Home again, home again, jiggidy jog….

Don’t we all have stupid little things our Mother’s used to say? My Mother said that.

Kick it up a notch!

After the plane flight from Hell to Hawaii, I was relatively certain that I wanted to take a different route home. An upgrade to first class was $150. There would be no crying children for $150. There would be leg room. There would be elbow room. I would be able to reach down and actually pick up my laptop bag and remove what I wanted for $150. Really, it was $30 per hour. Actually less since the earphones, snacks and first two cocktails were free. So really, around $119 for the upgrade, around $20 per hour…it was totally worth it.

Reintstated.org

Ok, it’s a little radical, but when you’re staying on the West end of Oahu, that’s where the Hawaiians live. And they’ve got something to say. Currently there are two bills in front of the Hawaiian legislature. The Akaka Bill and Kanaka bill. The Akaka bill would make the Native Hawaiian people somewhat like the Native American (Indian) nations. Of course, Hawaiians are Native Americans and we could go around in circles for a long time on that one. The Kanaka bill has to do with reclaiming the sovereign nation, reinstating their political authority. They want their land back. They have bumper stickers that say Hawaiian culture is not for sale. I concur. On the West end you can feel the simmering under the surface. It feels like it could blow at any point. There are (according to a radio report yesterday) 920 homeless Hawaiians living on the beaches in West Oahu. Originally I thought, let’s get some housing and services and jobs down here. Then I watched some of them fishing one evening. And some more the next morning. And I saw a woman leave for work in her scrubs, obviously heading to the Waianae hospital that was across the street. Then I thought, is there a more pure way of living? I’m sure the emcampment has some problems, but the weather is generally mild enough that living on the beach is possible. The fish are good down there so living off of the land is possible. I just felt like there was a certain spirituality in some of the encampments that I wasn’t expecting. Would these folks prefer housing? I would think so, but there was something very pure going on down there on that beach.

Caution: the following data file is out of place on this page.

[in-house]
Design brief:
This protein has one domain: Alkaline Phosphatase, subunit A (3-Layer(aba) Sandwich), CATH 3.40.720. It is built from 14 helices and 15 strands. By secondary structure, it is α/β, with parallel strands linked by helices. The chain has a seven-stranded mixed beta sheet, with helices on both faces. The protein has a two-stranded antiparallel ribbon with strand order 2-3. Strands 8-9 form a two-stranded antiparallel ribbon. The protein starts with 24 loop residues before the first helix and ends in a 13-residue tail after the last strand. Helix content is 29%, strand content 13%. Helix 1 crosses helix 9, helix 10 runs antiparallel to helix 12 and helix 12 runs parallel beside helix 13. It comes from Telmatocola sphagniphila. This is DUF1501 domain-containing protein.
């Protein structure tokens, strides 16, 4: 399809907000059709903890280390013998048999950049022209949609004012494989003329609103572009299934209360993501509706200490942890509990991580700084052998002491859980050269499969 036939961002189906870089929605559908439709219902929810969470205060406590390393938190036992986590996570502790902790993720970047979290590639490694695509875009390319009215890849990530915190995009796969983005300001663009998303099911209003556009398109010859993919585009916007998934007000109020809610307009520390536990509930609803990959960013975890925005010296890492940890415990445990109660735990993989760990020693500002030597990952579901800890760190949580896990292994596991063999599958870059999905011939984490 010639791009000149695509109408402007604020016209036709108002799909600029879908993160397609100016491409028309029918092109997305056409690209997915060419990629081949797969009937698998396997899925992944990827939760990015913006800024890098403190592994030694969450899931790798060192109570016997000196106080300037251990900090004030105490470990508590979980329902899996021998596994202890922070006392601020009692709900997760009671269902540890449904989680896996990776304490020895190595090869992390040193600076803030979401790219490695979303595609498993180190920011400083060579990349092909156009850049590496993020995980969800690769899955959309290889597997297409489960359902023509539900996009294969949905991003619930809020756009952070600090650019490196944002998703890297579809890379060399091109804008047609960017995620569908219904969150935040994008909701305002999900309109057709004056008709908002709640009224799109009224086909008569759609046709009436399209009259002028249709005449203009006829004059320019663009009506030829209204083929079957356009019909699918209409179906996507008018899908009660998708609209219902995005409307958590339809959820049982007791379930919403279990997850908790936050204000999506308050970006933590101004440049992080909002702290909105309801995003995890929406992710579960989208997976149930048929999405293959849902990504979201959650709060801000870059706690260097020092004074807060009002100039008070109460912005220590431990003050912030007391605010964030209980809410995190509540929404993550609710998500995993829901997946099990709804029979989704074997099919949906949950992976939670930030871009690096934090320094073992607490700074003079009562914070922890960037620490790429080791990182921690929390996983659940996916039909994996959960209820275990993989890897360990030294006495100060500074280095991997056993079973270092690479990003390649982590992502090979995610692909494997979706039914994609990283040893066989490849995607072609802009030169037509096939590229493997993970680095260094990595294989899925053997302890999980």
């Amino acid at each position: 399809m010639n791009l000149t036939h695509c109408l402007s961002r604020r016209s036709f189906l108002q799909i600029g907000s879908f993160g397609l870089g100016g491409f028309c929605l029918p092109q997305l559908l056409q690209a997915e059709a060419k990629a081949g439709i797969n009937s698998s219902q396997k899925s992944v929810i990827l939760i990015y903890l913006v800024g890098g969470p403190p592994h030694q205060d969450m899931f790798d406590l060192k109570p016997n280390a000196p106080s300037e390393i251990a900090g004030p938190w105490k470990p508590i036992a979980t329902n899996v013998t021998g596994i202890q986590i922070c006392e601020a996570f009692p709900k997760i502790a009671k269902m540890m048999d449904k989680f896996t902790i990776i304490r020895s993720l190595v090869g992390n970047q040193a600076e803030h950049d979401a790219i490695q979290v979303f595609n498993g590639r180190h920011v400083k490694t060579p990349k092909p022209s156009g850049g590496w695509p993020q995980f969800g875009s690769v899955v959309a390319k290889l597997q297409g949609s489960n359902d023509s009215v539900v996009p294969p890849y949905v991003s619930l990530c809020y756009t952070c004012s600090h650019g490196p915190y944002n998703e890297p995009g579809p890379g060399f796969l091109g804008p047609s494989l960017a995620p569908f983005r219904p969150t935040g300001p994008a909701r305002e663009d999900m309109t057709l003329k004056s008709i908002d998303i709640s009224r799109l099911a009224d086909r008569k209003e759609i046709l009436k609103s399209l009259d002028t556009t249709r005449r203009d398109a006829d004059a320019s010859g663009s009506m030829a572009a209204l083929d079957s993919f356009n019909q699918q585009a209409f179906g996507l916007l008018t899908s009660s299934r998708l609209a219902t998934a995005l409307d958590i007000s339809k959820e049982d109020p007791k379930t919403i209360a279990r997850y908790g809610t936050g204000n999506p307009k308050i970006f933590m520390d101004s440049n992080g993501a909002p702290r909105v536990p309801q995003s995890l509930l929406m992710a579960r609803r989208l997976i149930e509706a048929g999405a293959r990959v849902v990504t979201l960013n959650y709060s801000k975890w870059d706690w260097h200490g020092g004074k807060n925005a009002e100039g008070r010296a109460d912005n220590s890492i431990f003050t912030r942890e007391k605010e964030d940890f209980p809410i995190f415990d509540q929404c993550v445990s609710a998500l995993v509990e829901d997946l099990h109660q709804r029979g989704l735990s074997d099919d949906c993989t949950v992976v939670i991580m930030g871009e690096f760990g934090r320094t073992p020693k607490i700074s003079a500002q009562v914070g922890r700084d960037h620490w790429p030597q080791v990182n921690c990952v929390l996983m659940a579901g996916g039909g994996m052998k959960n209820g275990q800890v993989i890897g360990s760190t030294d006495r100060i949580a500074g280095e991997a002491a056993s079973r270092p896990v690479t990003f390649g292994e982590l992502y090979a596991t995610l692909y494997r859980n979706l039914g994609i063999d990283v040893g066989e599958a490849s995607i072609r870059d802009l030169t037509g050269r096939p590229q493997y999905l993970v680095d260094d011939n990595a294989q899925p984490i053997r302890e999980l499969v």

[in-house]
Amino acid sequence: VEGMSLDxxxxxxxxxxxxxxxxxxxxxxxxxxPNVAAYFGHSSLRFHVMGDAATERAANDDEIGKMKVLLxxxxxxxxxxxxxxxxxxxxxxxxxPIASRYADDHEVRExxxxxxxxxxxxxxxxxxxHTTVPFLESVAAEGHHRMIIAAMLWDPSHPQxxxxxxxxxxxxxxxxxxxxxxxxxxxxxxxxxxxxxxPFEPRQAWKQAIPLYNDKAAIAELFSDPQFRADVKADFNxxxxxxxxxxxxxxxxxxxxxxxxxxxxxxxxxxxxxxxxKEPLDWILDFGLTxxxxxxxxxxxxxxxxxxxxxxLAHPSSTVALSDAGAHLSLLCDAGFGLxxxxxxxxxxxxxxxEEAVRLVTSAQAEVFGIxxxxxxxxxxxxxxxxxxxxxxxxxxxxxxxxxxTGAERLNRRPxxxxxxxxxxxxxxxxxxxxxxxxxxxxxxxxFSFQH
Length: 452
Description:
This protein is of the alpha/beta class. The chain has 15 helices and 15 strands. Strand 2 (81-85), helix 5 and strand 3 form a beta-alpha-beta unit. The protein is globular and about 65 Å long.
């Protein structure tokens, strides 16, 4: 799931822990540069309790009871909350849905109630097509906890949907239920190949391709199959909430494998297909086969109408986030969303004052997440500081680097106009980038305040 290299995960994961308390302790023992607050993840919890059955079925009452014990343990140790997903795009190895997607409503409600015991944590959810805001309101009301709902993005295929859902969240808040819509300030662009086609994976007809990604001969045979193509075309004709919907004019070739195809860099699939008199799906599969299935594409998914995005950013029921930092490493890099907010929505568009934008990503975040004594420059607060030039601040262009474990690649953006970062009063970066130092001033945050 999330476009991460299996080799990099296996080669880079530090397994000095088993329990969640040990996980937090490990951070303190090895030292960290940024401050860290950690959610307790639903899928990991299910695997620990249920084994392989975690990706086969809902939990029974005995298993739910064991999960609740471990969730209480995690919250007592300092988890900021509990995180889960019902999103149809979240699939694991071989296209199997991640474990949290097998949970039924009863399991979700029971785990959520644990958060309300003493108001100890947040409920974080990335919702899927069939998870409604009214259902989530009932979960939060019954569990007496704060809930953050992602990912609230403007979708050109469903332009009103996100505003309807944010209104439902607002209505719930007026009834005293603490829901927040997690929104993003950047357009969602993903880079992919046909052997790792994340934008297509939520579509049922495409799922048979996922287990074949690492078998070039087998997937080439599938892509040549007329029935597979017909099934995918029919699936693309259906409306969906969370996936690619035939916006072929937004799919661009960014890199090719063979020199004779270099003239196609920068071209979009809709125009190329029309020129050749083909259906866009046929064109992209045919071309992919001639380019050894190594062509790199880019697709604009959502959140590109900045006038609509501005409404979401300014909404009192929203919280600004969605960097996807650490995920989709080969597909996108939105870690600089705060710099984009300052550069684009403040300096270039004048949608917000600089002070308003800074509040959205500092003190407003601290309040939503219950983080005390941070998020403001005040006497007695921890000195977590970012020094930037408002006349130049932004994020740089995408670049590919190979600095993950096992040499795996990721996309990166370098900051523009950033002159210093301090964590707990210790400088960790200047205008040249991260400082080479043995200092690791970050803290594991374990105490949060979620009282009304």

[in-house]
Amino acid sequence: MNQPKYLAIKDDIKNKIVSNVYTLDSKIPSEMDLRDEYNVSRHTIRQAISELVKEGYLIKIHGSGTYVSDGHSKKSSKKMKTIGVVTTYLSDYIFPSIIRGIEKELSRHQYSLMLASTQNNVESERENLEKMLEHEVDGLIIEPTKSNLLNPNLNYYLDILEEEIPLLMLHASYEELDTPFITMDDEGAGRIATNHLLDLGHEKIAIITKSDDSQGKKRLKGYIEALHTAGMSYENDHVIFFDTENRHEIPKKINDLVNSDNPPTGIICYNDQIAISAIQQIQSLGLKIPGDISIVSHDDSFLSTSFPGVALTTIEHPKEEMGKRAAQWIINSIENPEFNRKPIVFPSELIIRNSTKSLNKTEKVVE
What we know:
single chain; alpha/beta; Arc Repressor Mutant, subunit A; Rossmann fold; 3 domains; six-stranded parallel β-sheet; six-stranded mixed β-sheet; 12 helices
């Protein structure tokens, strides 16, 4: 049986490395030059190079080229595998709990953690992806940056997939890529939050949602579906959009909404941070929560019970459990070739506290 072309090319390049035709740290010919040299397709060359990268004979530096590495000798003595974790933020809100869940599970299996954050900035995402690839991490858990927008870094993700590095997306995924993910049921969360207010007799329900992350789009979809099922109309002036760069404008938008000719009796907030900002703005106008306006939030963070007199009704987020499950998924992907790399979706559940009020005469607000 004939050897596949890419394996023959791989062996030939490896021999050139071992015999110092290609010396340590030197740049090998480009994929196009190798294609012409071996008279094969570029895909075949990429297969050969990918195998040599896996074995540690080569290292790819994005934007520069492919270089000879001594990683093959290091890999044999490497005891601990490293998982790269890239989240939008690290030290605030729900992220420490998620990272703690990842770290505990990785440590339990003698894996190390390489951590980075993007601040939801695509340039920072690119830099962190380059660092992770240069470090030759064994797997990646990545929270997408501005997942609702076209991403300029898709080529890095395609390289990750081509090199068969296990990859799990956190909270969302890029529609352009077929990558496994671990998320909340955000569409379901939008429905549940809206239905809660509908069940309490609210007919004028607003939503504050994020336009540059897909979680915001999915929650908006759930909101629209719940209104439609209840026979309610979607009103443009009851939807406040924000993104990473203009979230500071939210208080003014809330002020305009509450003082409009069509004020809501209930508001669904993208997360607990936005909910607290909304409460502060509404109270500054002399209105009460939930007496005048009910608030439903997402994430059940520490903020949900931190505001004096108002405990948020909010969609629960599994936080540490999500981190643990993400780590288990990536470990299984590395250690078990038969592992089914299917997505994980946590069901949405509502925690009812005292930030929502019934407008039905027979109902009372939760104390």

Many of them have been displaced by the rising cost of real estate, which is a direct result of the tourism trade. I’m sure there’s been some hinky practices, not unlike the sub-prime hinkiness that’s gone on around here. The depth and complexity of the issue is staggering. I know a lot of the land is owned by our government, part of military installations. Some of those facilities are now closed and it seems to me that they should be returned to the Hawaiian nation. I know it’s not that simple, but it shouldn’t go to Dole or Trump or Starwood or Marriott or Hilton. Just saying.

Speaking of natives…

Native to the Makaha Valley, and really the whole freaking island are tons of critters. Critters we don’t see over here. Like mongoose. Imagine that? I saw a mongoose. And the cardinals are different with little red heads. They have light brown heads when their juveniles. Then the brown turns to bright red. Photojournalism to follow. There is a peacock family living at the Makaha Golf Club. Photojournalism to follow. Last night, I decided to go to bed a little early so I could get up at 5am and take this plane home. As I have gotten older, and our country has gotten stupider, I have become terrified of flying. In my mind the ball could be dropped with the engineer at Lockheed who made a mistake, the mechanic who didn’t do his job, the corporate wanker who decided to not follow the manufacturer’s recommendations on service to save money (remember the jackscrew?) the TSA guy who’s not paying attention, the clown that needs to make a name for himself, the list is really endless. I try to keep myself so busy that I don’t remember that I’m getting on a plane. It worked on the way out, but on the way home, I had time to think about all that could go wrong. So when I laid down last night and the curtains rustled and I heard a chirp chirp chirp going on back there, I was certain that a bird had flown into my room. I don’t mind birds, I mind them in the house. It’s one of those silly superstitions, and to me, it means impending death. Terrifying if you’re planning on getting on a plane across the big water the next day. I couldn’t function so I called the front desk and asked for the maintenance guys to come help. Somehow, if the bird didn’t actually fly around the room, my plane might make it home safely. If the bird flew around the room, I was changing rooms, and staying for three more days while I wrote my will and put my house back into my trust, made arrangements for Beauregard and gave my brother the secret code words to get into everything, because I was certainly not going to live through the plane ride home. I opened the sliding glass window and looked tentatively for the bird but found none. The maintenance guys arrive and shake the curtains, which shakes my very soul. Dammit boys! Don’t you know that I’ll die if that bird flies around the room? But after vigorous shaking, nothing emerges from the curtains. There is no bird lurking in the cathedral ceilings of the room. Yeah, I’m a dumb girl and you boys can go back to shooting dice under a banyan tree. They leave, I close up the room and go back to bed and Chirp Chirp! I can’t call them back. I can only call ATA and change my reservations. My heart is ready to jump out of my chest. I turn on all of the lights and open the window again. As I get back into bed, certain of my impending demise, I see a gecko scurry along the rail. It’s not a bird at all, it’s a gecko! My plane will be safe, I will be safe and we can all go home. I leave the light on beside the bed, because I know he’s as scared as I’ve been. I also know he keeps the spiders out of my room and I know that’s a good thing.